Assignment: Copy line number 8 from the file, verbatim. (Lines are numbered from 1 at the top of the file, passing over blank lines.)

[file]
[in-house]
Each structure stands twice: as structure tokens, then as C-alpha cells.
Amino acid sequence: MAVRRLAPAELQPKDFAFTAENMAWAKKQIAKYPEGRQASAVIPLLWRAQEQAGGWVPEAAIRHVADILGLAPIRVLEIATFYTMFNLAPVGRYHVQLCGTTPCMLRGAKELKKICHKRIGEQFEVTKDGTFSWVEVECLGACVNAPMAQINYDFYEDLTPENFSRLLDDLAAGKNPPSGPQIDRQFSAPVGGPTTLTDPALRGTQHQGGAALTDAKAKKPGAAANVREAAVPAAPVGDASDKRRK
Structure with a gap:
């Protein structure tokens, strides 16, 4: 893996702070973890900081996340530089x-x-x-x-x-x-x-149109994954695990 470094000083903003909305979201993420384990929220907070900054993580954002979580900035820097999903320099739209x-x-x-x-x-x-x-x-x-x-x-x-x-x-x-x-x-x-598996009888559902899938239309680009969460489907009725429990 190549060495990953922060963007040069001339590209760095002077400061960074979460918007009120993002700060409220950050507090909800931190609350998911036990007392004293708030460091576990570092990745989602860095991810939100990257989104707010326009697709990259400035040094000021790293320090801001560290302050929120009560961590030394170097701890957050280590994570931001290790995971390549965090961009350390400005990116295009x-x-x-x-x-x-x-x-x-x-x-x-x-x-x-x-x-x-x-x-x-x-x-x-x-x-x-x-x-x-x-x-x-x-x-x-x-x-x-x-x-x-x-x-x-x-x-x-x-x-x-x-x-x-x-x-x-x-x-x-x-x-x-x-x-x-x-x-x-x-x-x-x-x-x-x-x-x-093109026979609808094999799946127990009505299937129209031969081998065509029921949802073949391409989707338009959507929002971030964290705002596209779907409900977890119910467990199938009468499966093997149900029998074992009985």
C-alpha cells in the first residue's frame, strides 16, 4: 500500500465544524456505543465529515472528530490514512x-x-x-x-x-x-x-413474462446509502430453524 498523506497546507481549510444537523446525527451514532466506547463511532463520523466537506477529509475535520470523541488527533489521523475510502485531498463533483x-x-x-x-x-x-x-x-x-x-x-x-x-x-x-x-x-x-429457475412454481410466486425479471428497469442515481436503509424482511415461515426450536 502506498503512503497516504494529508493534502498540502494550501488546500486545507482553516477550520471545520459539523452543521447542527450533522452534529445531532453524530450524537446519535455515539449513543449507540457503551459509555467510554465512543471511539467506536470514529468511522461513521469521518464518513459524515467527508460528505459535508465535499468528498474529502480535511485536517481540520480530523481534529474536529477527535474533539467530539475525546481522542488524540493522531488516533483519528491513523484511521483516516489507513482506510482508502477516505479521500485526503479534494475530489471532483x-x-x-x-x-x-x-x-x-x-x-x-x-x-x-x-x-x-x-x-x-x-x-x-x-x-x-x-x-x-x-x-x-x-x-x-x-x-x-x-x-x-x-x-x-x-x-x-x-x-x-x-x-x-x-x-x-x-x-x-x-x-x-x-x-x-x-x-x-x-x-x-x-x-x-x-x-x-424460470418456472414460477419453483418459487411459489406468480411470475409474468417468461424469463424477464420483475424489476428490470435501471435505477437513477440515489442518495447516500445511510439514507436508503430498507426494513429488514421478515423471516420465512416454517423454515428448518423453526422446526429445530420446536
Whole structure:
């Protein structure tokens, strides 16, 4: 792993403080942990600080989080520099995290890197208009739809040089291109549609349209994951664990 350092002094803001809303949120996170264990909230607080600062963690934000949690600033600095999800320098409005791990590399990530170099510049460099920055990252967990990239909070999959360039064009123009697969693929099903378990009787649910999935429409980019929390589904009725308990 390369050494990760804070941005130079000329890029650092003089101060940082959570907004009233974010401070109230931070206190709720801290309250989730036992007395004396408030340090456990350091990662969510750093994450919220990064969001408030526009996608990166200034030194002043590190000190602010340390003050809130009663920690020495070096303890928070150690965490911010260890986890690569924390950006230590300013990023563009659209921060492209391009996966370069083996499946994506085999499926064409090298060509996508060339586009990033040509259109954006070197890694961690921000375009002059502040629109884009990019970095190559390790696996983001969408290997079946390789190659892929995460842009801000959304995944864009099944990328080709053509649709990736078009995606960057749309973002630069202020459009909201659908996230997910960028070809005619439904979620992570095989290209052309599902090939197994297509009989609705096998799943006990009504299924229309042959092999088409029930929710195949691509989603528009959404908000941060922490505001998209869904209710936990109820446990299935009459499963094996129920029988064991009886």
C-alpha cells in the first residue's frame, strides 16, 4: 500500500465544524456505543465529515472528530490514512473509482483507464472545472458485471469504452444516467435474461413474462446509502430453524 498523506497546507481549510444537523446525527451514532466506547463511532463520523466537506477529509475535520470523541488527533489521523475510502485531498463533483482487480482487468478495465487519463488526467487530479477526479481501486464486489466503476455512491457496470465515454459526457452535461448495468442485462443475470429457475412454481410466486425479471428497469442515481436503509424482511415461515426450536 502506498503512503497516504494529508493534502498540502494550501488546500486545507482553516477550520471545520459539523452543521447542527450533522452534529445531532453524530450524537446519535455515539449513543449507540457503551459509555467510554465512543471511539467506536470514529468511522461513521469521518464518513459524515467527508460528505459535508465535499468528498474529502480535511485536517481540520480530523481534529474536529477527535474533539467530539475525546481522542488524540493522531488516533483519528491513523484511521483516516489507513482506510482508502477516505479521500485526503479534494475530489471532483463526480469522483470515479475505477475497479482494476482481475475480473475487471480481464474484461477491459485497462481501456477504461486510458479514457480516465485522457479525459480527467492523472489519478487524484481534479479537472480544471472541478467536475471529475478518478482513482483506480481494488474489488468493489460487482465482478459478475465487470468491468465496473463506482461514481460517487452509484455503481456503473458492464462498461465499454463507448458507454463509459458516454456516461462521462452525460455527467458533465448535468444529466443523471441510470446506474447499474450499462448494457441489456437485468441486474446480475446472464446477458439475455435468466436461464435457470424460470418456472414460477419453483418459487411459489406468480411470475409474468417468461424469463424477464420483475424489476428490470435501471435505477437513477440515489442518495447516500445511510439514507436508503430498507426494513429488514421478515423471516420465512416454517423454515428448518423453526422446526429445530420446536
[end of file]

């Protein structure tokens, strides 16, 4: 792993403080942990600080989080520099995290890197208009739809040089291109549609349209994951664990 350092002094803001809303949120996170264990909230607080600062963690934000949690600033600095999800320098409005791990590399990530170099510049460099920055990252967990990239909070999959360039064009123009697969693929099903378990009787649910999935429409980019929390589904009725308990 390369050494990760804070941005130079000329890029650092003089101060940082959570907004009233974010401070109230931070206190709720801290309250989730036992007395004396408030340090456990350091990662969510750093994450919220990064969001408030526009996608990166200034030194002043590190000190602010340390003050809130009663920690020495070096303890928070150690965490911010260890986890690569924390950006230590300013990023563009659209921060492209391009996966370069083996499946994506085999499926064409090298060509996508060339586009990033040509259109954006070197890694961690921000375009002059502040629109884009990019970095190559390790696996983001969408290997079946390789190659892929995460842009801000959304995944864009099944990328080709053509649709990736078009995606960057749309973002630069202020459009909201659908996230997910960028070809005619439904979620992570095989290209052309599902090939197994297509009989609705096998799943006990009504299924229309042959092999088409029930929710195949691509989603528009959404908000941060922490505001998209869904209710936990109820446990299935009459499963094996129920029988064991009886």